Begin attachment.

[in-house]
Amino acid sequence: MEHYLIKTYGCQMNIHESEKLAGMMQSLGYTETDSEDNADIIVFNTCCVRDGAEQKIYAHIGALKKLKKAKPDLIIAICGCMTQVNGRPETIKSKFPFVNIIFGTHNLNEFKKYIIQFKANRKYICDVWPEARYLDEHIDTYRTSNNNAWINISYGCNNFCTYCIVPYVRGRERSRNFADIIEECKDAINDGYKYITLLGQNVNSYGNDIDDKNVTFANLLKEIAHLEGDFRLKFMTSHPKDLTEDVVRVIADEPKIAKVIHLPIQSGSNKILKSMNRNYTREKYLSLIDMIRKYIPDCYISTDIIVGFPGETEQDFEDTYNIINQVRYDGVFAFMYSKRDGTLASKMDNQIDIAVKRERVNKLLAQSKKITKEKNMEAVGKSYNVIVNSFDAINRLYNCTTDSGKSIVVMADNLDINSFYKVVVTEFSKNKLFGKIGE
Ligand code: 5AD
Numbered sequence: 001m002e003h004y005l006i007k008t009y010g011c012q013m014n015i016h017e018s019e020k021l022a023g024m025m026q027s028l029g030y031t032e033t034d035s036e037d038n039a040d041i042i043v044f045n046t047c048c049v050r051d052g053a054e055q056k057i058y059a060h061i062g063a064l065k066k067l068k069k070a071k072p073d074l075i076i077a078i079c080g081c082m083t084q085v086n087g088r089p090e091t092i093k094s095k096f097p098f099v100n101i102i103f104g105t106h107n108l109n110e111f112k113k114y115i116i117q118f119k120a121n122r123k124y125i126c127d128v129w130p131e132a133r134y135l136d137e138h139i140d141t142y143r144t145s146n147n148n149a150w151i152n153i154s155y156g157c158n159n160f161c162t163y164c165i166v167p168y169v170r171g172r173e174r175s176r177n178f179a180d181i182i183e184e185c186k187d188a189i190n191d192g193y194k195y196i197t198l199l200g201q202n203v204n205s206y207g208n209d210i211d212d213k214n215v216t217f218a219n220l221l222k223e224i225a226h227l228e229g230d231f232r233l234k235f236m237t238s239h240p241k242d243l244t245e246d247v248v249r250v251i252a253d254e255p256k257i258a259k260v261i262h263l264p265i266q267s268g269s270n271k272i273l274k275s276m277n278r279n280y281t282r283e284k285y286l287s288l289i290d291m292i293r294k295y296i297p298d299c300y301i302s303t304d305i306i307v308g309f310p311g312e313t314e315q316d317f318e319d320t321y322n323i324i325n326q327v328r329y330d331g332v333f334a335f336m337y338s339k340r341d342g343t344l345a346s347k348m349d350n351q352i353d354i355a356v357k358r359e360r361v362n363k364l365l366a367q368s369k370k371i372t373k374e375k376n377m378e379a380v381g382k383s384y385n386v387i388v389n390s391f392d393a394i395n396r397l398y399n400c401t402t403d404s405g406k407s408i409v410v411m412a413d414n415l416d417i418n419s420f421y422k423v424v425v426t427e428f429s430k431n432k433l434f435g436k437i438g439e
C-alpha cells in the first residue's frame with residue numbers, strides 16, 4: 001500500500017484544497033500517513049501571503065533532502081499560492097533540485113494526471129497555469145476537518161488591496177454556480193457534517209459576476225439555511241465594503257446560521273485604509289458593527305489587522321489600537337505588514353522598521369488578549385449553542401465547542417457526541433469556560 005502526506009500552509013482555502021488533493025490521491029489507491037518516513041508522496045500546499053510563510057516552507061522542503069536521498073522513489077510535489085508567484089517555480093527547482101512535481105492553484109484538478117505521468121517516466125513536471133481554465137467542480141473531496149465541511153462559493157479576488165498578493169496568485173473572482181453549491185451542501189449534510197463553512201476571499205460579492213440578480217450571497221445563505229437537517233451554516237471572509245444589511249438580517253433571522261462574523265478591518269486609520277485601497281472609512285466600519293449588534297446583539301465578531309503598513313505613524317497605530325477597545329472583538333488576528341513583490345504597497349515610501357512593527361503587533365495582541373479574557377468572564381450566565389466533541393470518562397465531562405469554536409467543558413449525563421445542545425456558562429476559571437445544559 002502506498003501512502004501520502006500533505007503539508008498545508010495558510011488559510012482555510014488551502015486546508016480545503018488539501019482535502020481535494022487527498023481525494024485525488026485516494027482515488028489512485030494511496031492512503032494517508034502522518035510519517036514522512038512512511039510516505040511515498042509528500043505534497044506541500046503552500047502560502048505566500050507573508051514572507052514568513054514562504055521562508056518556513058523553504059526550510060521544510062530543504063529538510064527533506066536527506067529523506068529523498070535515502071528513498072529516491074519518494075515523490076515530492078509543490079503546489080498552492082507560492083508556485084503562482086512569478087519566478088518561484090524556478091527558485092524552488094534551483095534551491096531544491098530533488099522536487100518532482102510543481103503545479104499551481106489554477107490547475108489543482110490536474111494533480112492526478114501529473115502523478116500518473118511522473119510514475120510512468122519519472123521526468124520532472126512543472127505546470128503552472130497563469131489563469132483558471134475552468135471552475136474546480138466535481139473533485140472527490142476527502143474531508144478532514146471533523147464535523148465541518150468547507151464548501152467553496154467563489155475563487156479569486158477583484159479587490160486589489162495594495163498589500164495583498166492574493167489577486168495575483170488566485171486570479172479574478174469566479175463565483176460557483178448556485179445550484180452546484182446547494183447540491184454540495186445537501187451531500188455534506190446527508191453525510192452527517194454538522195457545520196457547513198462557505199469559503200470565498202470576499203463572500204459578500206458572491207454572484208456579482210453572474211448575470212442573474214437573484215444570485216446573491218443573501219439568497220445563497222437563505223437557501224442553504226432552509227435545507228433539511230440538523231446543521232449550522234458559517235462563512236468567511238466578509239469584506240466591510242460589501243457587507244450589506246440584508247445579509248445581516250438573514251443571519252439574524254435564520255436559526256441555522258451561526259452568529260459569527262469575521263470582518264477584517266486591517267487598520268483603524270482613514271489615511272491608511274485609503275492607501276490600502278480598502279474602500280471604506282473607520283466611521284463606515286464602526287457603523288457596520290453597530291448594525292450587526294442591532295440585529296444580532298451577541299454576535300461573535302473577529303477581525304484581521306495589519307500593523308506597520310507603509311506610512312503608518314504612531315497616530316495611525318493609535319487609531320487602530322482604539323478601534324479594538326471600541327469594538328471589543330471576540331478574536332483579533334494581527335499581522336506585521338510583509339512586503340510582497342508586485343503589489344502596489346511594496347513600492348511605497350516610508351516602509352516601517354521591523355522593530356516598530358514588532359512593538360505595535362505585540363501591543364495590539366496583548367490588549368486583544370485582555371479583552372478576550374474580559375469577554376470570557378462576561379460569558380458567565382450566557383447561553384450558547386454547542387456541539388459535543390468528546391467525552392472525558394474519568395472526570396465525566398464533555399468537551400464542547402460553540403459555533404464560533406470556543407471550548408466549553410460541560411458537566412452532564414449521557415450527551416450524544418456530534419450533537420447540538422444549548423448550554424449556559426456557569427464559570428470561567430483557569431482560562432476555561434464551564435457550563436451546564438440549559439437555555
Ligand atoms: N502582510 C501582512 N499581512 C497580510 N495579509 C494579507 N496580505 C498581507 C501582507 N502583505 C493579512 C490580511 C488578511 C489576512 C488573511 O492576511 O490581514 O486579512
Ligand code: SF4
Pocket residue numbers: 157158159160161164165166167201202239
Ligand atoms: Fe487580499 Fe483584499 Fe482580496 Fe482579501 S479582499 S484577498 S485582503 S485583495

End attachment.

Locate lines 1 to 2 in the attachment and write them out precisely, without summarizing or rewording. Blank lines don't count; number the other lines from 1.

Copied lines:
[in-house]
Amino acid sequence: MEHYLIKTYGCQMNIHESEKLAGMMQSLGYTETDSEDNADIIVFNTCCVRDGAEQKIYAHIGALKKLKKAKPDLIIAICGCMTQVNGRPETIKSKFPFVNIIFGTHNLNEFKKYIIQFKANRKYICDVWPEARYLDEHIDTYRTSNNNAWINISYGCNNFCTYCIVPYVRGRERSRNFADIIEECKDAINDGYKYITLLGQNVNSYGNDIDDKNVTFANLLKEIAHLEGDFRLKFMTSHPKDLTEDVVRVIADEPKIAKVIHLPIQSGSNKILKSMNRNYTREKYLSLIDMIRKYIPDCYISTDIIVGFPGETEQDFEDTYNIINQVRYDGVFAFMYSKRDGTLASKMDNQIDIAVKRERVNKLLAQSKKITKEKNMEAVGKSYNVIVNSFDAINRLYNCTTDSGKSIVVMADNLDINSFYKVVVTEFSKNKLFGKIGE